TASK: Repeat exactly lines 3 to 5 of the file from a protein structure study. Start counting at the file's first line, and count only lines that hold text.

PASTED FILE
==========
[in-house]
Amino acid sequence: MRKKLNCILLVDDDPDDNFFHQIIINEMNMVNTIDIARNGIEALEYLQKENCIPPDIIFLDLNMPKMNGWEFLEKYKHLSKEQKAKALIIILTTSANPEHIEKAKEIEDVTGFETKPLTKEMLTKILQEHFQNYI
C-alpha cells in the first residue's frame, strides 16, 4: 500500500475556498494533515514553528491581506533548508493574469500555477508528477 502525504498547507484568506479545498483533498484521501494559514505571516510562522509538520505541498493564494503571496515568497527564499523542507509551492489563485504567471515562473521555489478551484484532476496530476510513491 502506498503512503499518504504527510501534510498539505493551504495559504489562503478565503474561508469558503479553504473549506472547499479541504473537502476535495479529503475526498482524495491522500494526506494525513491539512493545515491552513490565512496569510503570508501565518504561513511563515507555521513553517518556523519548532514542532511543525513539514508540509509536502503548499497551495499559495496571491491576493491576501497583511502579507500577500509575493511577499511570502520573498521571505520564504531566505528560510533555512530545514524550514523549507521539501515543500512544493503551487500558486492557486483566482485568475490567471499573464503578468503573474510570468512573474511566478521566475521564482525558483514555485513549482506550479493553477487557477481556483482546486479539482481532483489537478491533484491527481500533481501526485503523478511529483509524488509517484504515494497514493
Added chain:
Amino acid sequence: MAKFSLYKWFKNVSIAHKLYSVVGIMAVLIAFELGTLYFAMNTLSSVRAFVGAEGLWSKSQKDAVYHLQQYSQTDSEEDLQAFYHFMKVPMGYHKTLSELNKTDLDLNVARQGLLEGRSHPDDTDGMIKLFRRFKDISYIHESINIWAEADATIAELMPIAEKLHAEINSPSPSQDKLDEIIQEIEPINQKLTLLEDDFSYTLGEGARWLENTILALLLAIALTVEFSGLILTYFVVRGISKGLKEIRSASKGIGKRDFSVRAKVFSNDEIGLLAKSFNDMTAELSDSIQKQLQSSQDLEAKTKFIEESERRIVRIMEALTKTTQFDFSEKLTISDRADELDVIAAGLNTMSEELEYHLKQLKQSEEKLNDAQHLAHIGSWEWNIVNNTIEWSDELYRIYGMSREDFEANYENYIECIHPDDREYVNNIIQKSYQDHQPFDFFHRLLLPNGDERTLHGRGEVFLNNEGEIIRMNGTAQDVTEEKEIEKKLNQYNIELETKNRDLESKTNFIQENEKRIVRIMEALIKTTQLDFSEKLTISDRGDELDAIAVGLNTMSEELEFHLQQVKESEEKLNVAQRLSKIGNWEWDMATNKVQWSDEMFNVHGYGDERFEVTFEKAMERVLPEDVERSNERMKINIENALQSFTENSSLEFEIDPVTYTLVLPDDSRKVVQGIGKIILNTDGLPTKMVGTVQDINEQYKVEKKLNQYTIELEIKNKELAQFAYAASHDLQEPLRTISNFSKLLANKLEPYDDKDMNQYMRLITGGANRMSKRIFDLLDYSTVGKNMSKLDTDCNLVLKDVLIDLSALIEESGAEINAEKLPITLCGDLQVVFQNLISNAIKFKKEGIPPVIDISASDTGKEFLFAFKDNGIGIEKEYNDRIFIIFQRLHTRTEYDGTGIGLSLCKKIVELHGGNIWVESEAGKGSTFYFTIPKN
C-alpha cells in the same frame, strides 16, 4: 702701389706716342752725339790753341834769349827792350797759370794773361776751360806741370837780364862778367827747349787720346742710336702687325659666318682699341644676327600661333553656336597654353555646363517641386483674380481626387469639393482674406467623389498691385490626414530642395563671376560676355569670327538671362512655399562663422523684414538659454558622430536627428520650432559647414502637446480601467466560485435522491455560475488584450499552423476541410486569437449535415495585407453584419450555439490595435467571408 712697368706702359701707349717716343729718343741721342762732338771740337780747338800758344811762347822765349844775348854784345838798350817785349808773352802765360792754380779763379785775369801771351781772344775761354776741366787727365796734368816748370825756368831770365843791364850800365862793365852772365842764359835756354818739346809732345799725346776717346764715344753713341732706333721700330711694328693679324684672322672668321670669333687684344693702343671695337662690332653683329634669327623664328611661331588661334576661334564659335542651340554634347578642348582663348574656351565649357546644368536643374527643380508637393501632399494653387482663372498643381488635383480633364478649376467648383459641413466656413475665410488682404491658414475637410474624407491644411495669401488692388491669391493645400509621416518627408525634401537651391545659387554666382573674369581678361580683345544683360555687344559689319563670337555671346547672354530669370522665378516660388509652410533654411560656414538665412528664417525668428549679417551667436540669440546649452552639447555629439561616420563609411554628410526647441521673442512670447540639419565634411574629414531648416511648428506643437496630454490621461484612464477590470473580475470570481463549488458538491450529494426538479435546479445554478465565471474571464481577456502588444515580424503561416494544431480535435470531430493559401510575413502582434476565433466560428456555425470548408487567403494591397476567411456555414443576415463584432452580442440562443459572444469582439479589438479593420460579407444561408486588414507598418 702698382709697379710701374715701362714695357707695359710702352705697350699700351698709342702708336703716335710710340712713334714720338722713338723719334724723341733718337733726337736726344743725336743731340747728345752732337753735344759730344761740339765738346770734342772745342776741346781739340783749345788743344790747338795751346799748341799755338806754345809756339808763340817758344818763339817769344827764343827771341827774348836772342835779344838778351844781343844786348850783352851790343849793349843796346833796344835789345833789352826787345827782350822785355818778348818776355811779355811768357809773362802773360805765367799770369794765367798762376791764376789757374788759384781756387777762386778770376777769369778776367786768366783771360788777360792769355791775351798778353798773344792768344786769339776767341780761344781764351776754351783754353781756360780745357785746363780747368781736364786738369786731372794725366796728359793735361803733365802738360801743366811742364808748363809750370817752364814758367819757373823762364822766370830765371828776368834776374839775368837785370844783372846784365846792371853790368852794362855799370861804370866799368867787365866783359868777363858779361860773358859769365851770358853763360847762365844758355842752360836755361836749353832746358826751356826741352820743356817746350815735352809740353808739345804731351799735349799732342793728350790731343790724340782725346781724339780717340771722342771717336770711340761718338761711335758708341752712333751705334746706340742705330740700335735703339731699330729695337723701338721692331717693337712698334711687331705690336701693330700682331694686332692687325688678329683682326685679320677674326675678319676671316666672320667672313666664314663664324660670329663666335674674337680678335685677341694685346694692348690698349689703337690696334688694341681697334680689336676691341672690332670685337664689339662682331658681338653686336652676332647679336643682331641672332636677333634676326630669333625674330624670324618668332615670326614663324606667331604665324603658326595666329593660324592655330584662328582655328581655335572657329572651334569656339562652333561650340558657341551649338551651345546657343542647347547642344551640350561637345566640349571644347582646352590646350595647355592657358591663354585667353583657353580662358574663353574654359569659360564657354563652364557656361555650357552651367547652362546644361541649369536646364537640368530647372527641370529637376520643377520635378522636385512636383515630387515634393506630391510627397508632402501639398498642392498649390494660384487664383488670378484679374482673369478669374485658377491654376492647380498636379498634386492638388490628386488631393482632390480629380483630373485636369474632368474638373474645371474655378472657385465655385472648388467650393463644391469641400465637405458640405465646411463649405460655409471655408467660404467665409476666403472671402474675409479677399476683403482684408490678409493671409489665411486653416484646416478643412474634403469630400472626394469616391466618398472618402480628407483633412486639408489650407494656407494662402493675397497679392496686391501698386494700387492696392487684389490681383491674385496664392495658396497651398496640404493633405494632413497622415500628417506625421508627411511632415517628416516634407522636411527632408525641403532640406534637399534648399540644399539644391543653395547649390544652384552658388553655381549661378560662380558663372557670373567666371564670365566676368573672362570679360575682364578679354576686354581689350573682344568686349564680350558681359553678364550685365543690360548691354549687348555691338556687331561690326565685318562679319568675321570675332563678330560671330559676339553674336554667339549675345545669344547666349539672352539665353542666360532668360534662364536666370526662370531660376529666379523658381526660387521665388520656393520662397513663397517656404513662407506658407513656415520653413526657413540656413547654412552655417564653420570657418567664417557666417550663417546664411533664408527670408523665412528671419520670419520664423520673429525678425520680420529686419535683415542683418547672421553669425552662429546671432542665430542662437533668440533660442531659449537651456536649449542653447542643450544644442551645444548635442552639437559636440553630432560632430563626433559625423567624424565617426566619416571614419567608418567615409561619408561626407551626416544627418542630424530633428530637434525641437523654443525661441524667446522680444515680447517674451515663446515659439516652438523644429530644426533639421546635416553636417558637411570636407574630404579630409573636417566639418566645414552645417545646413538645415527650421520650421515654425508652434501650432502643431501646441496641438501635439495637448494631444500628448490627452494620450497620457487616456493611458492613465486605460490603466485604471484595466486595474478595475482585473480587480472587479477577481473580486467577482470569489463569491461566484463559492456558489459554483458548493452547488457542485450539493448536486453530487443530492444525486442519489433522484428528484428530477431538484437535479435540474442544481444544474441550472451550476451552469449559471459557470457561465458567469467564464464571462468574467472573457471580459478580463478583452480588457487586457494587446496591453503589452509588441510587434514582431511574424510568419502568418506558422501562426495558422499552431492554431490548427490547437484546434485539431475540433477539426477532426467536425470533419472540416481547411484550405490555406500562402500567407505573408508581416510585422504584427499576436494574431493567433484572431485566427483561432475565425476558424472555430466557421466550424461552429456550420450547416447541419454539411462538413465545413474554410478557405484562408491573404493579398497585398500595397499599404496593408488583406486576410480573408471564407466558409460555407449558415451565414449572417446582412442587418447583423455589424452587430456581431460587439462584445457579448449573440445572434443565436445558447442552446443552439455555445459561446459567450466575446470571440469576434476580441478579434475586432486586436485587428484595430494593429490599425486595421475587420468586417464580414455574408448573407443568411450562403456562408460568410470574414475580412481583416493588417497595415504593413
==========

C-alpha cells in the first residue's frame, strides 16, 4: 500500500475556498494533515514553528491581506533548508493574469500555477508528477 502525504498547507484568506479545498483533498484521501494559514505571516510562522509538520505541498493564494503571496515568497527564499523542507509551492489563485504567471515562473521555489478551484484532476496530476510513491 502506498503512503499518504504527510501534510498539505493551504495559504489562503478565503474561508469558503479553504473549506472547499479541504473537502476535495479529503475526498482524495491522500494526506494525513491539512493545515491552513490565512496569510503570508501565518504561513511563515507555521513553517518556523519548532514542532511543525513539514508540509509536502503548499497551495499559495496571491491576493491576501497583511502579507500577500509575493511577499511570502520573498521571505520564504531566505528560510533555512530545514524550514523549507521539501515543500512544493503551487500558486492557486483566482485568475490567471499573464503578468503573474510570468512573474511566478521566475521564482525558483514555485513549482506550479493553477487557477481556483482546486479539482481532483489537478491533484491527481500533481501526485503523478511529483509524488509517484504515494497514493
Added chain:
Amino acid sequence: MAKFSLYKWFKNVSIAHKLYSVVGIMAVLIAFELGTLYFAMNTLSSVRAFVGAEGLWSKSQKDAVYHLQQYSQTDSEEDLQAFYHFMKVPMGYHKTLSELNKTDLDLNVARQGLLEGRSHPDDTDGMIKLFRRFKDISYIHESINIWAEADATIAELMPIAEKLHAEINSPSPSQDKLDEIIQEIEPINQKLTLLEDDFSYTLGEGARWLENTILALLLAIALTVEFSGLILTYFVVRGISKGLKEIRSASKGIGKRDFSVRAKVFSNDEIGLLAKSFNDMTAELSDSIQKQLQSSQDLEAKTKFIEESERRIVRIMEALTKTTQFDFSEKLTISDRADELDVIAAGLNTMSEELEYHLKQLKQSEEKLNDAQHLAHIGSWEWNIVNNTIEWSDELYRIYGMSREDFEANYENYIECIHPDDREYVNNIIQKSYQDHQPFDFFHRLLLPNGDERTLHGRGEVFLNNEGEIIRMNGTAQDVTEEKEIEKKLNQYNIELETKNRDLESKTNFIQENEKRIVRIMEALIKTTQLDFSEKLTISDRGDELDAIAVGLNTMSEELEFHLQQVKESEEKLNVAQRLSKIGNWEWDMATNKVQWSDEMFNVHGYGDERFEVTFEKAMERVLPEDVERSNERMKINIENALQSFTENSSLEFEIDPVTYTLVLPDDSRKVVQGIGKIILNTDGLPTKMVGTVQDINEQYKVEKKLNQYTIELEIKNKELAQFAYAASHDLQEPLRTISNFSKLLANKLEPYDDKDMNQYMRLITGGANRMSKRIFDLLDYSTVGKNMSKLDTDCNLVLKDVLIDLSALIEESGAEINAEKLPITLCGDLQVVFQNLISNAIKFKKEGIPPVIDISASDTGKEFLFAFKDNGIGIEKEYNDRIFIIFQRLHTRTEYDGTGIGLSLCKKIVELHGGNIWVESEAGKGSTFYFTIPKN